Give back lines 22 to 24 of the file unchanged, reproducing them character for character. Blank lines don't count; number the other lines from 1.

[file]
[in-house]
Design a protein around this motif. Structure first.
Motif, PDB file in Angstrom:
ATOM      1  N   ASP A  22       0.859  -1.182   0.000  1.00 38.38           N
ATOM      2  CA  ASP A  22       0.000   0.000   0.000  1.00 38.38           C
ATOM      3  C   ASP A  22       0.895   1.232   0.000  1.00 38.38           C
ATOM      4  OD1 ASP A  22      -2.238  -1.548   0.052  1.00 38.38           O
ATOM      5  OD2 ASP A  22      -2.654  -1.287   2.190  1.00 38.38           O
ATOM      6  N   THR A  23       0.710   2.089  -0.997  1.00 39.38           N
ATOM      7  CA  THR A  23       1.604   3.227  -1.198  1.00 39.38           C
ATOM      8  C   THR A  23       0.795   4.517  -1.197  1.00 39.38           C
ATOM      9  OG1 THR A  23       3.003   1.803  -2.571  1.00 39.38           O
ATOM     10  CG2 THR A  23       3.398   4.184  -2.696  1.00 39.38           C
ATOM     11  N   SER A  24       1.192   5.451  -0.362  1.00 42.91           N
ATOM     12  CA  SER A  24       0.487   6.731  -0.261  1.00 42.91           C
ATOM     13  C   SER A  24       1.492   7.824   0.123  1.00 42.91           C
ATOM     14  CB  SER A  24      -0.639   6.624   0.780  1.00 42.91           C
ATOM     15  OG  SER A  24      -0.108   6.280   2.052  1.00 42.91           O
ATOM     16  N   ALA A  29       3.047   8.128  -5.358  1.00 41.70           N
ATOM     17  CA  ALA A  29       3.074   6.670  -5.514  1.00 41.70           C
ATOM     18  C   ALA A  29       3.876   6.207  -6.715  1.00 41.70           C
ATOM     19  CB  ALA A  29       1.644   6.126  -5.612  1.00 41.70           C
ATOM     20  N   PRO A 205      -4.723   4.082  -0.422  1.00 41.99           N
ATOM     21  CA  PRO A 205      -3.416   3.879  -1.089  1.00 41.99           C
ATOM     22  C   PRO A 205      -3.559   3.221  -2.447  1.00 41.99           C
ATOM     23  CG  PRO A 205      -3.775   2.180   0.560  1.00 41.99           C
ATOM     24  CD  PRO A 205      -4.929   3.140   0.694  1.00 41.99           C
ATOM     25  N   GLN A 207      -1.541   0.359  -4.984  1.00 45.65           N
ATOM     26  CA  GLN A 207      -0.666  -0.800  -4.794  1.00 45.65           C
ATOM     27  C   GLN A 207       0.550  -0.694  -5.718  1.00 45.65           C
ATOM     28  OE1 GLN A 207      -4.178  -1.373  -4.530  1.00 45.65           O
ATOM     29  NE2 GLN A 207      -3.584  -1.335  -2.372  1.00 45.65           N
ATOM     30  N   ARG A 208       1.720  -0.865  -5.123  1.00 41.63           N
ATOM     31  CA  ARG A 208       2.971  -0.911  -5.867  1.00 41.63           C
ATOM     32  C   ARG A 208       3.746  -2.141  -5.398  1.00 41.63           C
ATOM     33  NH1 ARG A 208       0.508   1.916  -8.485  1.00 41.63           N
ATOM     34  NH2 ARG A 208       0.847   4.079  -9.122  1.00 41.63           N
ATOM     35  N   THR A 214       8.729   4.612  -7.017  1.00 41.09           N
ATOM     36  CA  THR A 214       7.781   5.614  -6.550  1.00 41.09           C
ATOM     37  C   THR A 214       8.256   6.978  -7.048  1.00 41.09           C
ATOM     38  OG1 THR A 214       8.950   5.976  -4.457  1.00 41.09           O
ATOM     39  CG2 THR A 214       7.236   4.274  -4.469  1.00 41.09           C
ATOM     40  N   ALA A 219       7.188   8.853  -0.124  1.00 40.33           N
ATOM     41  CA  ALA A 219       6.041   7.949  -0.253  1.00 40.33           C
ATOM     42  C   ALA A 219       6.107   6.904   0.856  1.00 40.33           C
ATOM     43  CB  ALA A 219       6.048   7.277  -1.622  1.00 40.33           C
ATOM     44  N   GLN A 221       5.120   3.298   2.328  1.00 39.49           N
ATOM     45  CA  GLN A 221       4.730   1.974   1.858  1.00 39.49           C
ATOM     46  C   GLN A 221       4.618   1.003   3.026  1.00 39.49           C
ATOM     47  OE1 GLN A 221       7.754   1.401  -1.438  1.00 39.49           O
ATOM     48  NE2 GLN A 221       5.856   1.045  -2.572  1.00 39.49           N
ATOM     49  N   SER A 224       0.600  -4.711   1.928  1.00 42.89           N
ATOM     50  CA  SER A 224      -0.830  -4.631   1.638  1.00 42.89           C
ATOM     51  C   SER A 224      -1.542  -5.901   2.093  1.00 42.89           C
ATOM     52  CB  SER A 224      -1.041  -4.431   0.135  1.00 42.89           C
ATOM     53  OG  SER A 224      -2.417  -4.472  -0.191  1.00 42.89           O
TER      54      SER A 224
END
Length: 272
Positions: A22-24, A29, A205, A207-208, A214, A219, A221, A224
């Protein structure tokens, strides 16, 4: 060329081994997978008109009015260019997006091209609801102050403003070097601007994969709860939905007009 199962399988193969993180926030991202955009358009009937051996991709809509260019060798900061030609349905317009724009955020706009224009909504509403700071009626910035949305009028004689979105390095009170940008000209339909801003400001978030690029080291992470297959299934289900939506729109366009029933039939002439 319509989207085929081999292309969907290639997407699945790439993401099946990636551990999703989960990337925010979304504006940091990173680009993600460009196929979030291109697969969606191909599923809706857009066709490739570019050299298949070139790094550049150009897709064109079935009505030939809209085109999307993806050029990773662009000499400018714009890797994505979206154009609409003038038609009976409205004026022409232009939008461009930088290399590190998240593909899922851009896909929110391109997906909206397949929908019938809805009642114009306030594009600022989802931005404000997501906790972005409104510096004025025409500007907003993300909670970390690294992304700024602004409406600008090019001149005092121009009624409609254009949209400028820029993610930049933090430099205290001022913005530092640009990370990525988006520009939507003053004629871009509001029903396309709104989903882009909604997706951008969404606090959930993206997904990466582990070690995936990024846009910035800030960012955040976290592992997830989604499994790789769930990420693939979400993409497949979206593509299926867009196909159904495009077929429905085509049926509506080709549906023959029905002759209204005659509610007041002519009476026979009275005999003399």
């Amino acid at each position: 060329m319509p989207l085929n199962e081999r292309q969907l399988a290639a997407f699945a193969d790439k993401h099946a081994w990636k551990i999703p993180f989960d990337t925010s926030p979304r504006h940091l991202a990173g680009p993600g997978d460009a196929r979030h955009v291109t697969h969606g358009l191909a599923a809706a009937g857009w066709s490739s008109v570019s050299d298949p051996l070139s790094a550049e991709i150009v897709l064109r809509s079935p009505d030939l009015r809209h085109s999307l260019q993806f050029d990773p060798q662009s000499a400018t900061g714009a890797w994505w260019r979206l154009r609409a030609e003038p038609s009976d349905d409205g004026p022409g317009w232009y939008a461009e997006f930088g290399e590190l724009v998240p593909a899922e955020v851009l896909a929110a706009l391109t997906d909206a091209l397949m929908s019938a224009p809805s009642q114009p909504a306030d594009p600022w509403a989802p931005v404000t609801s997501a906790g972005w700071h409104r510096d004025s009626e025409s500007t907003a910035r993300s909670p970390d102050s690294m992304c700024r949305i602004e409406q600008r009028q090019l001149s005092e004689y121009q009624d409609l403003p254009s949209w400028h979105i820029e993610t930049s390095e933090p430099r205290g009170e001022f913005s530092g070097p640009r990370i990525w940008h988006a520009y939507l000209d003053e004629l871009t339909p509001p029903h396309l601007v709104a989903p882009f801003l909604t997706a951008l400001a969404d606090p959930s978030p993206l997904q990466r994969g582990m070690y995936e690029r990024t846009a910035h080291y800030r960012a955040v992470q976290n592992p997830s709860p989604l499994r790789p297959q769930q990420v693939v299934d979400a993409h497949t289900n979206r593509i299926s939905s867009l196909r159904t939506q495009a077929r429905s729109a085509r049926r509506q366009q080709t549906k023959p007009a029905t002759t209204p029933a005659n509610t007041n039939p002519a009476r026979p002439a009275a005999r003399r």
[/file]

ATOM     19  CB  ALA A  29       1.644   6.126  -5.612  1.00 41.70           C
ATOM     20  N   PRO A 205      -4.723   4.082  -0.422  1.00 41.99           N
ATOM     21  CA  PRO A 205      -3.416   3.879  -1.089  1.00 41.99           C